THE SECOND OF THREE GIFTS WE GOT FROM THE JEFFERSON SCHOOL

IMG_1460The second gift we got from The Jefferson School (TJS) would be Atty, the class pet.

Soon after our daughter transitioned from the 5th grade class to the 4th grade class at TJS, I went in for parent-teacher conferences, which was my first time in the 4th grade classroom.

There, in the corner on the floor, was a fetching young lady named Atticus Finch, or Atty, for short.

Atty is a most beautiful and possibly 2-3 year old guinea pig, the (former) class pet.

For me, it was love at first site.

I immediately offered to take her with us over Christmas break, and etc., and the teacher was happy to have us do it, as her dog did not tolerate Atty coming home with her.

So, Atty stayed with us over Christmas, making our Christmas so much sweeter, and I could hardly bear to return her when school began again.

And then…

Coronavirus.

The school asked us if we could keep her during the shut down. Of course, we could.

But what began as, I expected, a few weeks, turned into the entire second half of school. We felt, as a family, that Atty was now a part of our family, and we hoped we would not have to return her.

Finally, a few days before TJS closed. the school told us the happy news that we could keep her.

Our family joke is that I say we have three GPs, and I call them by these names:

Pigness (Atty)

Baby Pigness (Sugar)

and Favorite Pigness (Sophie).

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During our time with Atty, Sophie and I have done a lot of research on Guinea pigs. We learned that they are NOT from Guinea. They are from Peru where they live their lives as pets, food, and shamanic healers. They are important and revered, just like Atty (though we will never eat Atty, I do feel that she has provided me with some shamanic healing).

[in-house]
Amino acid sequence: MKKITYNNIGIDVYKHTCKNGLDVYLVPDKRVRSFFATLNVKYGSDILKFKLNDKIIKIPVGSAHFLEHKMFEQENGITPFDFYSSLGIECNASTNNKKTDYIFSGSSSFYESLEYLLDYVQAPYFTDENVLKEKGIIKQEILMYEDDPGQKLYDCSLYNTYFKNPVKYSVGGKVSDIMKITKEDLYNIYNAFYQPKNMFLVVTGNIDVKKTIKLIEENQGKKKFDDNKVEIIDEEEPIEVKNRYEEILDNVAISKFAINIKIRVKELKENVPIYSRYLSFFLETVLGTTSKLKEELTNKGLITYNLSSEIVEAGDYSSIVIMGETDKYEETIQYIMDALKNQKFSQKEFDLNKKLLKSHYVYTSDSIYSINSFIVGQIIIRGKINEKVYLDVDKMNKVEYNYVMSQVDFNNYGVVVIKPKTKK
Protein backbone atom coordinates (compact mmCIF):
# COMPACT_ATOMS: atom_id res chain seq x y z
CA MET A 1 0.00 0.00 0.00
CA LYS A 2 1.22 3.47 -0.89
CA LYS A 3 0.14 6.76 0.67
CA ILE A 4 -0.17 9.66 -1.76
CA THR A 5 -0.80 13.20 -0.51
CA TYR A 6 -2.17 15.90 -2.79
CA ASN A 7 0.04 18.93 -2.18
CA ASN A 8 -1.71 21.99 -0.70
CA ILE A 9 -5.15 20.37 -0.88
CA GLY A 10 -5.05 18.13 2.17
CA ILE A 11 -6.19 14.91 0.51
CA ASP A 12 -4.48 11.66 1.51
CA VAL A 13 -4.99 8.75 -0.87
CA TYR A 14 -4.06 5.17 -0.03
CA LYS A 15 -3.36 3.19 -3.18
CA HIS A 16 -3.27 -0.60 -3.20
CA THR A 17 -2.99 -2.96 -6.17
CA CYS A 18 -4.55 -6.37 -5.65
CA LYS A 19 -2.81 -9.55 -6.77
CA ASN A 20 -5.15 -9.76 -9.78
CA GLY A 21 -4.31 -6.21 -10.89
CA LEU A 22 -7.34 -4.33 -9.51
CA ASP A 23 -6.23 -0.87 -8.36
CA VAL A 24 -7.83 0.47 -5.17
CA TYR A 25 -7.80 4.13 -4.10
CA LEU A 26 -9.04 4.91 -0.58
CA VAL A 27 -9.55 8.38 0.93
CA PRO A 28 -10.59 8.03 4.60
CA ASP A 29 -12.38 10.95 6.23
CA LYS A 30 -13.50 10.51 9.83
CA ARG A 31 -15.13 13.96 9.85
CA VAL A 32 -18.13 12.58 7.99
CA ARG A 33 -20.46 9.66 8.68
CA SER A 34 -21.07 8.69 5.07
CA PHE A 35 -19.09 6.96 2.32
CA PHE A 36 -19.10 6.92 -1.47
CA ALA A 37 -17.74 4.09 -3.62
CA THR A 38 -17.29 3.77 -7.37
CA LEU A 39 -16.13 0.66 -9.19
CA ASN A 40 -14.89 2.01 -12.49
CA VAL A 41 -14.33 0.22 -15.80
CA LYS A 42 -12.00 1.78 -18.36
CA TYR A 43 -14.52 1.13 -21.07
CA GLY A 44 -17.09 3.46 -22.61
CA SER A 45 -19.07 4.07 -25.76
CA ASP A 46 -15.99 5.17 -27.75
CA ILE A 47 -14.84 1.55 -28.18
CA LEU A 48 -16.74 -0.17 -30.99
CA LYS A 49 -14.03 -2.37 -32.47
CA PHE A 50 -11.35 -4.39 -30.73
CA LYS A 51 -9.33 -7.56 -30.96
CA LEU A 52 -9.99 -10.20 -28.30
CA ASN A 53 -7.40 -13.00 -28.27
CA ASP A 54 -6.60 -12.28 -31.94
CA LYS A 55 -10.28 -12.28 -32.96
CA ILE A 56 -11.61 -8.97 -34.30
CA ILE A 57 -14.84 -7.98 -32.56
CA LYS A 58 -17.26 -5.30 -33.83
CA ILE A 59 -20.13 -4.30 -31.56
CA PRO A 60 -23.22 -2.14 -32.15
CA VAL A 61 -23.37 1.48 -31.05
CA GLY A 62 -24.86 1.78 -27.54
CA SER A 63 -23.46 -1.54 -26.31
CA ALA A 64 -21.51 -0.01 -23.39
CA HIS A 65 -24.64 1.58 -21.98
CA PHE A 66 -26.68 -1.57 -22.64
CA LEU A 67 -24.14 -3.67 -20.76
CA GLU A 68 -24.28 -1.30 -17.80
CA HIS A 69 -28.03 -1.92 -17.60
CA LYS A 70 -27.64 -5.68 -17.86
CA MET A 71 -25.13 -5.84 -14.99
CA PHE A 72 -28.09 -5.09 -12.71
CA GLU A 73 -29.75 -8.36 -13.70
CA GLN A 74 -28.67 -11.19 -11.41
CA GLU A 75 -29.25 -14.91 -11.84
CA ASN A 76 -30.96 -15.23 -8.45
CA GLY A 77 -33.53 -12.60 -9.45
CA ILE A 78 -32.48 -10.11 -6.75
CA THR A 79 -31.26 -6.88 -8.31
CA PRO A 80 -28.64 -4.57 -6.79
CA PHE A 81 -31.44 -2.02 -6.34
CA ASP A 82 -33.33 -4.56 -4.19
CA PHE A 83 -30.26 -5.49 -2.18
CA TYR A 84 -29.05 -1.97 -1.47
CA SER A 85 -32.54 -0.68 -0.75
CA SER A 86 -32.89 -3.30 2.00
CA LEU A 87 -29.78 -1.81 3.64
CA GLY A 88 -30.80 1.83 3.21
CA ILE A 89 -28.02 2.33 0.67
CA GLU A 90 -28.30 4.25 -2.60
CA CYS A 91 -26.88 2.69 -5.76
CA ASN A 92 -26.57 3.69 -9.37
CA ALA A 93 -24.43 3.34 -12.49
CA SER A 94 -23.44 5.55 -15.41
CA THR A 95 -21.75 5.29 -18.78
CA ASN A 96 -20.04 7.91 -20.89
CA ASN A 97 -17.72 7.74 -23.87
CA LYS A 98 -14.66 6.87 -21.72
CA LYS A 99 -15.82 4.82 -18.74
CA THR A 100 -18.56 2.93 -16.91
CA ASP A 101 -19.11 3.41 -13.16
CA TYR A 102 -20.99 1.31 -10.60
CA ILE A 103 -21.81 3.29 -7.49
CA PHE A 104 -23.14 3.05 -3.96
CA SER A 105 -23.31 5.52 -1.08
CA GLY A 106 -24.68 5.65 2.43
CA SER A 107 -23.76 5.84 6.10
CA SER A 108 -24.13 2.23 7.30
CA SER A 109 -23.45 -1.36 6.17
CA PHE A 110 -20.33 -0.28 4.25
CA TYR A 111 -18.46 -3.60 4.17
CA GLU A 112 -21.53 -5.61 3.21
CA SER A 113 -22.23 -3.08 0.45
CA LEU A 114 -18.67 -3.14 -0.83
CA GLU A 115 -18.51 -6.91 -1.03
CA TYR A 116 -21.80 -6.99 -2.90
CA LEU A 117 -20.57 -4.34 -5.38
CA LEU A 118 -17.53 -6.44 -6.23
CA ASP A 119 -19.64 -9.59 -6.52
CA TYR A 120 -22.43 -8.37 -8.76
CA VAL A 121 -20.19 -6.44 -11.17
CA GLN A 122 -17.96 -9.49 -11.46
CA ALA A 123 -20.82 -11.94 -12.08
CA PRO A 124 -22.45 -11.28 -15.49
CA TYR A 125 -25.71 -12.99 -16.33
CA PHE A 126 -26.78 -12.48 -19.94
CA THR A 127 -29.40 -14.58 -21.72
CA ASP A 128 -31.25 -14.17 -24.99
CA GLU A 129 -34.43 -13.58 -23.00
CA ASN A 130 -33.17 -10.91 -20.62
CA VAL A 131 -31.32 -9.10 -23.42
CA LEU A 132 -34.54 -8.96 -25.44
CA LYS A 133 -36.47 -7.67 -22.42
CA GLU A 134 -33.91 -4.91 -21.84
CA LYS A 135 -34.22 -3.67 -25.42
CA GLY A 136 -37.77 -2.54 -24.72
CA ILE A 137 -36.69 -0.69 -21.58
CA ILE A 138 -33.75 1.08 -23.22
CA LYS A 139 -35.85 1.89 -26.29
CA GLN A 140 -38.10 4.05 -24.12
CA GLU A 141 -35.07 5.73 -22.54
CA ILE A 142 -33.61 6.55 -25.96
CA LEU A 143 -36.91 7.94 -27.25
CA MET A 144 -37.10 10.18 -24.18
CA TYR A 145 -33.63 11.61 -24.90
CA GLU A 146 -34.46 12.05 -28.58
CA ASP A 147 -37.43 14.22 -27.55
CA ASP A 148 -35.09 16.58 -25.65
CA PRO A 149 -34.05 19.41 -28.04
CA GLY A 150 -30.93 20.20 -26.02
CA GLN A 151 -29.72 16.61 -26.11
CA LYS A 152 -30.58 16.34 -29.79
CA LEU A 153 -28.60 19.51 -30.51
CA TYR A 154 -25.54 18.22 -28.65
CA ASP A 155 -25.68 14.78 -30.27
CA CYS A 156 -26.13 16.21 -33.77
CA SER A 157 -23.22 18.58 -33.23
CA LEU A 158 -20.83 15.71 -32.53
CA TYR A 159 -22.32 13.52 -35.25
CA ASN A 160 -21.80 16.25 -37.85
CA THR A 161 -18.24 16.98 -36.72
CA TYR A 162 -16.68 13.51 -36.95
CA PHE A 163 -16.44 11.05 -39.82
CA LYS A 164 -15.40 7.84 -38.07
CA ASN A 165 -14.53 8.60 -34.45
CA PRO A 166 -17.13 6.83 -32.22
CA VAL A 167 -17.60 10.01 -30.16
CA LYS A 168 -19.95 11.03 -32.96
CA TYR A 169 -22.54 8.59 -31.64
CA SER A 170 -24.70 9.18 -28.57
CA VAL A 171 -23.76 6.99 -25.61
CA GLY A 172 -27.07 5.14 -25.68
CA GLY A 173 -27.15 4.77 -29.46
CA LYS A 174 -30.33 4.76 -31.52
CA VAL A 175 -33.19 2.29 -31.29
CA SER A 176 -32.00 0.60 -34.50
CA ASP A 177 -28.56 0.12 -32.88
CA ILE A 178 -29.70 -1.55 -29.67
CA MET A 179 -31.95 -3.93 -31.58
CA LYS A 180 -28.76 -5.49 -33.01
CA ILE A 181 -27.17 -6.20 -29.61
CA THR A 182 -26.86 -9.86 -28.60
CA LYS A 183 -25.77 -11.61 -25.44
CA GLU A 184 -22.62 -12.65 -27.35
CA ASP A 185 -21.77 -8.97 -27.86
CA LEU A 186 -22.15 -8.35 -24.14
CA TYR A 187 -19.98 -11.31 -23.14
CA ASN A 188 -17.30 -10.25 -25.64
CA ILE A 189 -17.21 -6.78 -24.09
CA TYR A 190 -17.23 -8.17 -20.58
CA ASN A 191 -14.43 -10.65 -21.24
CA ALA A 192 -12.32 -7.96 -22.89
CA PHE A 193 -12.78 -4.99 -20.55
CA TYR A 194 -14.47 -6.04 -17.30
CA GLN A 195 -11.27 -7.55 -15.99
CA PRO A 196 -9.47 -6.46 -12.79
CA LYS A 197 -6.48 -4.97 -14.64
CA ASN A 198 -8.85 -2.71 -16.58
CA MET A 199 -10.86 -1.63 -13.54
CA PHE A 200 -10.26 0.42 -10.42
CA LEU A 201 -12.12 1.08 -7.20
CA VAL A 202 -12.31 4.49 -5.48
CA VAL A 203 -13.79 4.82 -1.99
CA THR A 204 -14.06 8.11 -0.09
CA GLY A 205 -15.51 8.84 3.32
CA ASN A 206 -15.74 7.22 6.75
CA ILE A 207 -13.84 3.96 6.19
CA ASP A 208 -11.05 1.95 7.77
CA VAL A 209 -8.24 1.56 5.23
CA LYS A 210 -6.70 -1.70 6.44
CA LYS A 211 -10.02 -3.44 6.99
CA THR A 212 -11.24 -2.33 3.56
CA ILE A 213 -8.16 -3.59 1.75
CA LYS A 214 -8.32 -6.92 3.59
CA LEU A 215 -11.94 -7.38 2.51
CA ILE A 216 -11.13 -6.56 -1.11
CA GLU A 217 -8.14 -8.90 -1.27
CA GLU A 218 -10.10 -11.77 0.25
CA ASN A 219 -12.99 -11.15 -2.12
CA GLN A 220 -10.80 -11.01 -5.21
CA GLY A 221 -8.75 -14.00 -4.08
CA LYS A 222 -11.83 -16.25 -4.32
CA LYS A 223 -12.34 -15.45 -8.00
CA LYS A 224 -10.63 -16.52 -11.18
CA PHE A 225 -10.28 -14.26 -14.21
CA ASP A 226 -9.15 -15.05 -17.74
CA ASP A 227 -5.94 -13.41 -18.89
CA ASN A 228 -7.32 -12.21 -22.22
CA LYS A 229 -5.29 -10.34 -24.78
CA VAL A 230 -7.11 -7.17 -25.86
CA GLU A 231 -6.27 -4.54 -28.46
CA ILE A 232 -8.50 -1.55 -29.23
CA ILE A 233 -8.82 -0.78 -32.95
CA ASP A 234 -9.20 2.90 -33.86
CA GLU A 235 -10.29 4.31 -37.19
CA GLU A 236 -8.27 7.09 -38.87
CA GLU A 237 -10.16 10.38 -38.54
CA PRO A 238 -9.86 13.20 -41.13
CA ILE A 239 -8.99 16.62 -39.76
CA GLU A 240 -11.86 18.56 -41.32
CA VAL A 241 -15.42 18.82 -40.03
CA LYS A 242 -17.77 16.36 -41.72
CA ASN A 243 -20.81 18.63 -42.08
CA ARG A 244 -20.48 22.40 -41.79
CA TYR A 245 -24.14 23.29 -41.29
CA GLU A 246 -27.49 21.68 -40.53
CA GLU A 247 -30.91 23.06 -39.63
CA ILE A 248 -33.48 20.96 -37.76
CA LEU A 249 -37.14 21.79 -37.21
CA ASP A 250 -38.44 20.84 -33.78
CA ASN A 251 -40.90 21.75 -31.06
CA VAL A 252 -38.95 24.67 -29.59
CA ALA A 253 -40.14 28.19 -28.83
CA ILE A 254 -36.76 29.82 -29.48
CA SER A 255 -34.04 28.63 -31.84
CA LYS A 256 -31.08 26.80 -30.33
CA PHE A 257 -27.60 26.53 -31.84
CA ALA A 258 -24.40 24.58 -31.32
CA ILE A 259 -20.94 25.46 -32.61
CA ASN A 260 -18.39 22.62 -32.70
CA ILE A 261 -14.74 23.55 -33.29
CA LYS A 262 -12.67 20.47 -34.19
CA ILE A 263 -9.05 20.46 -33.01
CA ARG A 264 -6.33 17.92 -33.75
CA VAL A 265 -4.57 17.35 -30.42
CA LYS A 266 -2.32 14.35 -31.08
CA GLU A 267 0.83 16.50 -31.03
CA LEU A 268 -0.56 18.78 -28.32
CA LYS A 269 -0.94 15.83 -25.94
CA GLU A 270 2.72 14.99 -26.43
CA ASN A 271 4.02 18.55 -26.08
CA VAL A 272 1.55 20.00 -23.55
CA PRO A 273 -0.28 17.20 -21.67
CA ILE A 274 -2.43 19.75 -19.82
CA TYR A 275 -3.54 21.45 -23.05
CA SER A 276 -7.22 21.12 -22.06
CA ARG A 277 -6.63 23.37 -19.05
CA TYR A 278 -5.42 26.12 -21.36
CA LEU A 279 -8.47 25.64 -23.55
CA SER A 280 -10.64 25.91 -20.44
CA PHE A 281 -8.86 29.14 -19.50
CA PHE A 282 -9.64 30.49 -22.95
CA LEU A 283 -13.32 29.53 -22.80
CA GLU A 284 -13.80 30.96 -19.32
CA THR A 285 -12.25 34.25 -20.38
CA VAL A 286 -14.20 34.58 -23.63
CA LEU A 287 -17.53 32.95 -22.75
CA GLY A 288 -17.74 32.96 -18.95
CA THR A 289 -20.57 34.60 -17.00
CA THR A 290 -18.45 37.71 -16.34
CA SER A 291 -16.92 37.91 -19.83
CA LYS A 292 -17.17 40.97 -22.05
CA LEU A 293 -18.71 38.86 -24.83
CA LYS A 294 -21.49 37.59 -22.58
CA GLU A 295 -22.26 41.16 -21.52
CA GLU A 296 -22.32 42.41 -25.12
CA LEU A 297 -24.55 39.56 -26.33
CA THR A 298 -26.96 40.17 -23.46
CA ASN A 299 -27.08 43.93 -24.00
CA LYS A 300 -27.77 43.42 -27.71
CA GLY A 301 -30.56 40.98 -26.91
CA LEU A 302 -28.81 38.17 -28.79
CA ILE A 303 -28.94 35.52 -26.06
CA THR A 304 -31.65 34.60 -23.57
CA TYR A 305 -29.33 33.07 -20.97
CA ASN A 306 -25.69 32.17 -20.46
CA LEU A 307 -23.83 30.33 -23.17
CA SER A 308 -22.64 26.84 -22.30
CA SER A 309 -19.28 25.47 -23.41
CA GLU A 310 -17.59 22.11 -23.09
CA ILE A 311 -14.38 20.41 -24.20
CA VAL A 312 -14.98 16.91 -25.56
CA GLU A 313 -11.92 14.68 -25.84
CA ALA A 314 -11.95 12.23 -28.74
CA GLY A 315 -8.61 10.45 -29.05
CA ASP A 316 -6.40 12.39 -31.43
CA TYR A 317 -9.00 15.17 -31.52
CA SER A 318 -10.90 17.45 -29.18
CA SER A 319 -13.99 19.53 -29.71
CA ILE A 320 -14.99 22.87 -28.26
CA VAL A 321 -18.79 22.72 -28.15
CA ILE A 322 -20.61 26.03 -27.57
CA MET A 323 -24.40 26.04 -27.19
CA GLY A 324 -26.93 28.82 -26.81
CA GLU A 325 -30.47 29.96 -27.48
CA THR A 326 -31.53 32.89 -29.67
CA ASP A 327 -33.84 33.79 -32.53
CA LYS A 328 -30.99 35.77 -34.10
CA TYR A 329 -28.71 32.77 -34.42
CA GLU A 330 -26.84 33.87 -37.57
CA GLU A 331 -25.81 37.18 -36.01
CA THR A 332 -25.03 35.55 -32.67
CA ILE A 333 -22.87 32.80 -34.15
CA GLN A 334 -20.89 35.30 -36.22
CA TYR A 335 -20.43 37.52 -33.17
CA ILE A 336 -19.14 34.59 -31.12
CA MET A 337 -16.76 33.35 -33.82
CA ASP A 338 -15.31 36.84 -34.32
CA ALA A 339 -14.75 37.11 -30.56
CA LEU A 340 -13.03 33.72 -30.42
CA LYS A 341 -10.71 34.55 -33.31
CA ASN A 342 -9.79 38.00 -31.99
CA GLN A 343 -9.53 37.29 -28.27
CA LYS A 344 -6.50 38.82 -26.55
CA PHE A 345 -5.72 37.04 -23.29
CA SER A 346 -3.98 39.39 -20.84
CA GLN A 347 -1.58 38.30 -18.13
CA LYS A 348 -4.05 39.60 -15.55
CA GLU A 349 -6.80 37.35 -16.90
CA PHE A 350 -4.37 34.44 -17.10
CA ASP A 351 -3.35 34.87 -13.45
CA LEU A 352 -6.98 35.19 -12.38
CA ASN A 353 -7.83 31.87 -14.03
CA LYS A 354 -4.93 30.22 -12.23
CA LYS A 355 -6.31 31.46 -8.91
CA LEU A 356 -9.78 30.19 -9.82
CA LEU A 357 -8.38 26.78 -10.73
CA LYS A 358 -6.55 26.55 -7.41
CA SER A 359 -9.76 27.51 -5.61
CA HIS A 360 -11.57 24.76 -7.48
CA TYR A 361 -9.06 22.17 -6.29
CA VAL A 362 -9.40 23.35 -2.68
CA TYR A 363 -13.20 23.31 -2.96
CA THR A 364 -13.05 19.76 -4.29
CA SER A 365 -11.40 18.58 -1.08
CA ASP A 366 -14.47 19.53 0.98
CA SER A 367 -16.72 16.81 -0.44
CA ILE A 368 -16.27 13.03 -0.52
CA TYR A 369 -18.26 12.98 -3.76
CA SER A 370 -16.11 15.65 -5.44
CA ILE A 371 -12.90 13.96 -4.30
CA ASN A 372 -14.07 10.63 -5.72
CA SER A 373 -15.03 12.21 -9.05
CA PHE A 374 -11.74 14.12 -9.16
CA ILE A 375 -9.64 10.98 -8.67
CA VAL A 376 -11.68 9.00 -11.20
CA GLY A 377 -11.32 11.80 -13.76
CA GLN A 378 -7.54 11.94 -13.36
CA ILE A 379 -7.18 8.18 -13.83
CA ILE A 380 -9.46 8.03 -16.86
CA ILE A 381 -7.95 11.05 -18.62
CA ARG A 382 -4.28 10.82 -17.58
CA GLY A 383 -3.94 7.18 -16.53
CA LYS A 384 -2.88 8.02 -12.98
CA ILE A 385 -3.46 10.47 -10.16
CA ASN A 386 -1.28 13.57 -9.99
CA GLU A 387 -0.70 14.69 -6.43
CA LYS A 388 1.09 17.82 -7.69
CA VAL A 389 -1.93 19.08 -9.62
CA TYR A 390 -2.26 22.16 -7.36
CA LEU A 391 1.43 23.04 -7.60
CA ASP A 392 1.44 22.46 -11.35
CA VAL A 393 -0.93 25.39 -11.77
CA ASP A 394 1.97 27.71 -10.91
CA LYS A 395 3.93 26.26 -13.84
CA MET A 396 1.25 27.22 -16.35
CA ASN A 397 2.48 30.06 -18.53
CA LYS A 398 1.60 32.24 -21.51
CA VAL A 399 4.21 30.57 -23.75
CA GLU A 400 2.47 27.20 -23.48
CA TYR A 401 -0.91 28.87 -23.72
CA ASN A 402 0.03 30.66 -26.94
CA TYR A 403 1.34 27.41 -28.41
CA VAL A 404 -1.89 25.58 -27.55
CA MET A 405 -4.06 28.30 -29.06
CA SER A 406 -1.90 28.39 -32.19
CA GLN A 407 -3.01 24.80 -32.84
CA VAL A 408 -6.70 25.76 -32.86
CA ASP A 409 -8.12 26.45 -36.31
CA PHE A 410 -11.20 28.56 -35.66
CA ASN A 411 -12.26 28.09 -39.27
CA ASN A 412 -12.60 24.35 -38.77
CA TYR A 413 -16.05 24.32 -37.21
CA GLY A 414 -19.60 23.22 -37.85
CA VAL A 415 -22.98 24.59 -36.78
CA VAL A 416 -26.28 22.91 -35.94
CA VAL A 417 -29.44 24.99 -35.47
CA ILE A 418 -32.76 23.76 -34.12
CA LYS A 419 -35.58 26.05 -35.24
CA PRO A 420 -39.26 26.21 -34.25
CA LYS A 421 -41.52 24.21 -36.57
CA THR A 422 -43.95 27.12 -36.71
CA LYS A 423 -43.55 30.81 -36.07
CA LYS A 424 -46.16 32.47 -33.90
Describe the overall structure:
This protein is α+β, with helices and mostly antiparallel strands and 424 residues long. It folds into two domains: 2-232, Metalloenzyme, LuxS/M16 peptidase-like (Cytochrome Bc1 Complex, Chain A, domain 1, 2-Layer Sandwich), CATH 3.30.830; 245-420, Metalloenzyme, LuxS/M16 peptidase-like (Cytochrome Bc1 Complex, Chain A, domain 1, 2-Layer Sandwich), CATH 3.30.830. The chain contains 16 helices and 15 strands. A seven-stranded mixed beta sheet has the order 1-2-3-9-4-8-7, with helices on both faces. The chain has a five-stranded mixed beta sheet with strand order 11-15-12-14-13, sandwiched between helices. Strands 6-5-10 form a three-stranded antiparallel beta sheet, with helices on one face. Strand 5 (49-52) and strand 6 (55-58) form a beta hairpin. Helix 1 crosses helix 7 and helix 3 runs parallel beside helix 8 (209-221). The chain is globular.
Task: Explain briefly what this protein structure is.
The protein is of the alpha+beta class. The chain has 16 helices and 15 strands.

We learned they need vitamin C in everything, so they don’t get scurvy. Though they might like to play pirate, they do not want to be one and die from scurvy! (Or walk the plank!)

We also learned from Sophie, the mole on the inside, that, while in the classroom, Atty was often forced to ride in Lego cars, and the like, by the boys, and generally handled roughly. That she had been donated by a school family who thought better of owning her, and that she was, of course, given away a second time, to us.

There should not be any such thing as class pets, IMHO.

Animals have feelings and fears and loves, and to subject them to long weekends (or even closed weeks, or days with no heat during snow events) is cruel. To buy and commit to an animal and then throw it away, is cruel. To keep an animal as school pet but not take care of its dietary needs, or to allow children to be rough and self-serving with it, is cruel.

Since Atty has come to us one other thing we have learned is that Guinea pigs are very social pack animals, and so we rescued another one, this time from the pet store as our local shelter had none, and Atty is no longer lonely. She shares her home with Sugar. Sugar came to us with a severely infected eye, and it took quite some time, and quarantining from Atty, to get her healthy. And they both now get vitamin C supplements in their treats and water. And there is always hay, so Atty never has to worry about a long weekend with not enough hay and deadly GI stasis. And she never has to worry that she will be alone or cold or hungry or given away ever again.

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Atty and Sugar are victims of the pet trade, and we cannot stop the pet trade, but we can insure that two little ladies are living their best lives from now on.

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